Companies often negotiate contracts and prices with suppliers, especially when placing orders expected to recur or high-priced offerings. You can contact the selected supplier and ask if they're open to price negotiations. You can also request details on the negotiation contact's terms and conditions. Suppliers can negotiate if they can secure a long-term contract for their business. Once both parties sign the agreement, the purchase order legally binds the supplier and purchasing company's transactions.
6. Get order approval
Before initiating a transaction, it's essential to get the necessary order approval. This step may include working with higher company management and the accounting department to ensure there's enough funding available for the purchase. Sometimes, businesses may also establish a line of credit with suppliers. The purchasing manager explains the necessity of the asset to higher management and how they negotiated a more affordable price from a supplier.
7. Place the order
Once the company management and selected suppliers form a transaction agreement, the purchasing manager can place the order formally. Consider ensuring both parties agree to specific contract details, such as costs, installations, and delivery times. The purchasing manager documents all agreement terms with relevant signatures from the respective organization representatives. Each party usually keeps a copy of the contract for possible future reference.
8. Receive and check the order
After placing the order, the supplier delivers it to the agreed location. Once the order arrives, you can receive it and thoroughly check to ensure it meets the specified standard. Consider checking for any issues or missing parts immediately to report the defects to the supplier. If there are any problems with the products or services delivered, it's vital to address them on time before final approvals and payment.
9. Complete invoice approval and payment
The purchasing manager approves the payment once the company confirms that the orders match the contract's terms and conditions. If the order requires any changes or modifications, the supplier can submit another approval with a new invoice before receiving payments. The supplier receives the due payment upon approval of the invoice. Many businesses approve invoices and make payments early to get incentives and early pay discounts. Paying early can also help avoid late payment fees.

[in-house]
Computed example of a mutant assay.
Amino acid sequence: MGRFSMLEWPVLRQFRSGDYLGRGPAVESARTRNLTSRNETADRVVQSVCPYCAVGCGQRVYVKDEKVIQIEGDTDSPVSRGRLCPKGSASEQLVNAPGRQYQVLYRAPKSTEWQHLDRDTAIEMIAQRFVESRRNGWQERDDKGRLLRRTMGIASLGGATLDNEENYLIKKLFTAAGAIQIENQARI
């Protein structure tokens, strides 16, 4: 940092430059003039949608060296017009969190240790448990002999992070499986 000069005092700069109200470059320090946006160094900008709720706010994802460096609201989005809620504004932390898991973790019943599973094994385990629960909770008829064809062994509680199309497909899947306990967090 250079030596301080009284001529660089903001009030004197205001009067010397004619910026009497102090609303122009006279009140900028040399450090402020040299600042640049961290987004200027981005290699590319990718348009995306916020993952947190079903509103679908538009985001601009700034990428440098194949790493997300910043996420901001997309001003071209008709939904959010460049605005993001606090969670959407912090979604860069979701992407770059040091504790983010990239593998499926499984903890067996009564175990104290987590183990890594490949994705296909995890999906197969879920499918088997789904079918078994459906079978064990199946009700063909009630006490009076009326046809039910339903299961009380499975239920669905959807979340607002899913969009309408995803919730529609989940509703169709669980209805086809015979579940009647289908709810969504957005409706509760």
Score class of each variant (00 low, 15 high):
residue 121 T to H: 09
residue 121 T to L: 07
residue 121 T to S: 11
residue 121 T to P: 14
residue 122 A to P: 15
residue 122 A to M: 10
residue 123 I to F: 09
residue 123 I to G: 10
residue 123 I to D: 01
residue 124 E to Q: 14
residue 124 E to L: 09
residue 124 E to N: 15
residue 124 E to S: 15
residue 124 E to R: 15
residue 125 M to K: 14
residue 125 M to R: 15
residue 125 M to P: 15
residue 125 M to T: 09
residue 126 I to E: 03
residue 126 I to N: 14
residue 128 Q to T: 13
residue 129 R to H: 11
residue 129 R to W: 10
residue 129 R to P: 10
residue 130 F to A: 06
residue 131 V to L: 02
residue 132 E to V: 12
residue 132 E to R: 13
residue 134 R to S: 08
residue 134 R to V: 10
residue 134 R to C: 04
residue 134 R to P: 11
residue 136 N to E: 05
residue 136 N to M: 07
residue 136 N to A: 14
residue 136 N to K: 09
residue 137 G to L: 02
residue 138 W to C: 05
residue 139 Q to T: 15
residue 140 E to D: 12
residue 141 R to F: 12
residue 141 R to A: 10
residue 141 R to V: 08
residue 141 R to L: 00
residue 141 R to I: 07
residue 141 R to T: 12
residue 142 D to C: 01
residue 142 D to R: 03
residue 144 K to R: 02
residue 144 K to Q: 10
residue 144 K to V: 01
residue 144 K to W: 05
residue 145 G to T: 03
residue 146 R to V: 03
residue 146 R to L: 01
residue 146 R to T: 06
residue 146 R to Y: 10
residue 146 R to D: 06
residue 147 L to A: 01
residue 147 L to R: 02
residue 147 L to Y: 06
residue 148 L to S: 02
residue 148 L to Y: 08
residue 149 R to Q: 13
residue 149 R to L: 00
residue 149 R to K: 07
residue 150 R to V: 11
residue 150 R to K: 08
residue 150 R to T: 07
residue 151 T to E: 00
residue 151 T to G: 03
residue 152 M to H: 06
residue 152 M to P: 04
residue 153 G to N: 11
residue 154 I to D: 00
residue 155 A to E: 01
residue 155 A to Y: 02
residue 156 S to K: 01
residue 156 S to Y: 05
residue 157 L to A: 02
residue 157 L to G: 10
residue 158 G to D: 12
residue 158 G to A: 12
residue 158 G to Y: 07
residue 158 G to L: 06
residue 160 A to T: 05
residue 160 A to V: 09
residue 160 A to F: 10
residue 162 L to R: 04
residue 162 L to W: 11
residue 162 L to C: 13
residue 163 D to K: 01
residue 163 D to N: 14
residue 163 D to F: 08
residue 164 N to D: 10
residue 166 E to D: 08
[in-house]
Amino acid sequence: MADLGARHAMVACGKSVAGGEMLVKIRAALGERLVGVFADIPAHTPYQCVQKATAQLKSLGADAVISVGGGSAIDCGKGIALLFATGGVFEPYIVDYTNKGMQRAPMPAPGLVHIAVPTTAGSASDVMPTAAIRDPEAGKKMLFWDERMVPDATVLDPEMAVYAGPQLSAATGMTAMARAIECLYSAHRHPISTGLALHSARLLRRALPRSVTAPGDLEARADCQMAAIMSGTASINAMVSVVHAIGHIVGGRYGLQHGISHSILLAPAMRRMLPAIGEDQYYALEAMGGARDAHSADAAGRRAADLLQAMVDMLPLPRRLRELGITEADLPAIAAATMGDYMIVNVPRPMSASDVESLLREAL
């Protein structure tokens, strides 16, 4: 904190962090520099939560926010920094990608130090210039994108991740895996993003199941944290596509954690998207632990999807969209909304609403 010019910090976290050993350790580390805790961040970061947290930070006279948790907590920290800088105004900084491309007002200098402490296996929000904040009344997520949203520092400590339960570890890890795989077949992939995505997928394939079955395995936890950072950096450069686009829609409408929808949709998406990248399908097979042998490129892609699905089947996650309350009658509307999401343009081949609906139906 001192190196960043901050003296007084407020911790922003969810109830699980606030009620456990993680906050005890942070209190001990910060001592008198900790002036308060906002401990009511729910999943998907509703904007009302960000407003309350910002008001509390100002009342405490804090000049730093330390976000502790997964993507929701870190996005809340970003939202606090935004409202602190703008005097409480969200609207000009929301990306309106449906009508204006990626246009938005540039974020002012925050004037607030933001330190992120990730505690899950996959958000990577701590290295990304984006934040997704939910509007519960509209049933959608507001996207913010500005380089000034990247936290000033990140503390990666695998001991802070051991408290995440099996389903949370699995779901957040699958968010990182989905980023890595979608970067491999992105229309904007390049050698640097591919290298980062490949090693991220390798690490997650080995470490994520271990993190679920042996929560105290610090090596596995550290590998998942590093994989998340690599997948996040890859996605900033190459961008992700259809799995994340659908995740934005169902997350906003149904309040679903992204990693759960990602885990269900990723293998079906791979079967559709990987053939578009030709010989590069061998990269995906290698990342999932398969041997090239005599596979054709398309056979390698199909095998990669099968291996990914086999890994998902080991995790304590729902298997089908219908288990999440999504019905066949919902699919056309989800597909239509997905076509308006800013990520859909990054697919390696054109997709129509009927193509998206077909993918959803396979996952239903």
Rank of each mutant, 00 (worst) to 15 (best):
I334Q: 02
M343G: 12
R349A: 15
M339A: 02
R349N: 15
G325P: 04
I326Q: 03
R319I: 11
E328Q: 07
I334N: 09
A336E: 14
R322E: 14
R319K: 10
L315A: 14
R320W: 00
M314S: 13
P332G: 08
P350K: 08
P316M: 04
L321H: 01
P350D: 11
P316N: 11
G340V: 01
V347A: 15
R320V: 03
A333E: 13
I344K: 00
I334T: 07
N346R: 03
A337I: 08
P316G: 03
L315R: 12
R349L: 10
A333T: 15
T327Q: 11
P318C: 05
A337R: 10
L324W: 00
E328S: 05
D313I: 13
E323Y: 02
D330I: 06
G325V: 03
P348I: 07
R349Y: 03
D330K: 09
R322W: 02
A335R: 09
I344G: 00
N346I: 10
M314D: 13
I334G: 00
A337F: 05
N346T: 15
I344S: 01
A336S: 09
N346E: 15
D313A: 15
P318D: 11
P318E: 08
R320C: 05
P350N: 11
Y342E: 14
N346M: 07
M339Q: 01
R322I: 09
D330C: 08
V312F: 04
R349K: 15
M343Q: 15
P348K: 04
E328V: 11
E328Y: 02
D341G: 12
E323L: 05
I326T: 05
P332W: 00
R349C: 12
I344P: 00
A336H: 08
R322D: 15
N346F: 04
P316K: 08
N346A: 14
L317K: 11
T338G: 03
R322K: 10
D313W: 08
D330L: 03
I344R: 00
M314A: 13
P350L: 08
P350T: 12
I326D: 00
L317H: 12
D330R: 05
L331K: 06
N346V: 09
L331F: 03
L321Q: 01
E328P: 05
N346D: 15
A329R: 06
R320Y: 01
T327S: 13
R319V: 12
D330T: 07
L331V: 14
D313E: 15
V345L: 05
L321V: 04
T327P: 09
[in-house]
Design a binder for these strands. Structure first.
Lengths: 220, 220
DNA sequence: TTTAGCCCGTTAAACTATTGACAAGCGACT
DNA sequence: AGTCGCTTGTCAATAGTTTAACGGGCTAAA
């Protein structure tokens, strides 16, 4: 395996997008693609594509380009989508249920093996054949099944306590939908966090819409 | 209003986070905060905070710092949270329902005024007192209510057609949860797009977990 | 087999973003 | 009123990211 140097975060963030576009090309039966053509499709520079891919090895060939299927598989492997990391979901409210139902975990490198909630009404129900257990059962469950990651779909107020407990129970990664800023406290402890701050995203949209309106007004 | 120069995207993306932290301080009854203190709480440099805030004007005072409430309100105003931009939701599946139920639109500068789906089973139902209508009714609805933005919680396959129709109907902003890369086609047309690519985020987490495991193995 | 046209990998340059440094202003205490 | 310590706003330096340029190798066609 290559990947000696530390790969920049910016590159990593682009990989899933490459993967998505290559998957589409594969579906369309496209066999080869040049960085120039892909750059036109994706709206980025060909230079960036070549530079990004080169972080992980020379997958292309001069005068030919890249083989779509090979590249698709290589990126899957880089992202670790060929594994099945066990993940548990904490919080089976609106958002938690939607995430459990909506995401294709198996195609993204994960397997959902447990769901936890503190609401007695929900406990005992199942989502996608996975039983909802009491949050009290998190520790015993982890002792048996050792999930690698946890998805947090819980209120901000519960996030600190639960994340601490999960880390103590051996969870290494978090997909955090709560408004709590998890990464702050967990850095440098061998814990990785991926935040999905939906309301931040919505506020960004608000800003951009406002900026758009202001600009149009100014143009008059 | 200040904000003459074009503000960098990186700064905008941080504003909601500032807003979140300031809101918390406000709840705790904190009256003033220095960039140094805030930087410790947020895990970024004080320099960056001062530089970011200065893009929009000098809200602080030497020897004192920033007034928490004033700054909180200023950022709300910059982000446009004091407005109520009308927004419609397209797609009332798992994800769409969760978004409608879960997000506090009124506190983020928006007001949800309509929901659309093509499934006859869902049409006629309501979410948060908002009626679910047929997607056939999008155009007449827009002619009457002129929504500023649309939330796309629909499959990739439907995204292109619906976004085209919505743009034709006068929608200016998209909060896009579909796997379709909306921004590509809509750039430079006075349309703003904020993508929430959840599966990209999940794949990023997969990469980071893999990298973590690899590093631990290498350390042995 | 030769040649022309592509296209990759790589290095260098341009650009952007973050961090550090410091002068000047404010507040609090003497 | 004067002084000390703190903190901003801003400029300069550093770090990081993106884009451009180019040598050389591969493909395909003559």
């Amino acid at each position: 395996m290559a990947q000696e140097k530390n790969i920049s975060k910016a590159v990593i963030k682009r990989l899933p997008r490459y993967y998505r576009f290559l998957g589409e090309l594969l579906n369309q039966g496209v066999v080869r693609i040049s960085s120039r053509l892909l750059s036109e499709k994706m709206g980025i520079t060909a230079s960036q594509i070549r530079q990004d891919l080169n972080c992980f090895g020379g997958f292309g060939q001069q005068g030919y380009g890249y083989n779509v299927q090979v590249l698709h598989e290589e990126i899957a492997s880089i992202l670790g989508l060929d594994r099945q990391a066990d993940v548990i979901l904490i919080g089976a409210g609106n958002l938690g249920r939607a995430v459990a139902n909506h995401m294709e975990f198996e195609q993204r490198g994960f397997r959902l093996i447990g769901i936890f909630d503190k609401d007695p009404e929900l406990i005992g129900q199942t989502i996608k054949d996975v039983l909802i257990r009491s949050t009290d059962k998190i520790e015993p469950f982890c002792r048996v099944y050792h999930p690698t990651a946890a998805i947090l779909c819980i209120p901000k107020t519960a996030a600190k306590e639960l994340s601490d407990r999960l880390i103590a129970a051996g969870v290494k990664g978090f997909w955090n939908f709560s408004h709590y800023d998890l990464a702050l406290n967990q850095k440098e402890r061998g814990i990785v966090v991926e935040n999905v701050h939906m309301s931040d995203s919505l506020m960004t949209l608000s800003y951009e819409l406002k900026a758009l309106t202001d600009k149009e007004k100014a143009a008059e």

10. Review the supplier performance
Whether a business works with a supplier once or performs recurring transactions, it's essential to review the supplier's performance for timeliness and quality. Recording the reviews can help identify issues that may later arise during the contract term. The record can also help you decide whether to continue working with a particular supplier or choose a different one for the next purchase. Businesses often maintain relationships with suppliers that provide excellent services and standard quality.
Tips for effective purchasing
Here are a few tips you can apply to ensure an effective purchasing process:
Regularly review business requirements
Business requirements change over time. A business may require an entirely new offering to grow, or an improved version of an already existing offering. You can regularly review the business to analyze the most vital needs and determine whether your purchases are satisfying those needs. By constantly checking these requirements, you can recognize and address needs sooner, helping you make better financial decisions and foster rapid business growth.
Keep reliable records
You can ensure an effective purchasing process by keeping reliable records. Maintaining records of all purchase transactions can help you reduce possible workload issues in the future, especially if disagreements occur with your current supplier. Consider keeping records of all negotiations, sales returns, other potential suppliers, and any other relevant transaction details that can support the business later.
Consider automating the purchasing process
Many businesses implement process automation in their operations to ensure an effective purchasing process. Process automation software can help shorten the purchasing process cycle, reduce employees' workload, limit paperwork, and minimize errors. The software is highly beneficial for businesses that make recurring purchases from a particular supplier.
Conduct quality assurance
Conducting quality assurance can enable you to determine whether to reorder a product or continue employing the services of a particular supplier. Reviewing your experiences and assessing the quality can help you make more informed decisions for a business's development and enhance consumer satisfaction. The results you get from quality assurance testing can increase your confidence in your current supplier and promote healthier business relationships or help you realize you need a different supplier to achieve set business goals.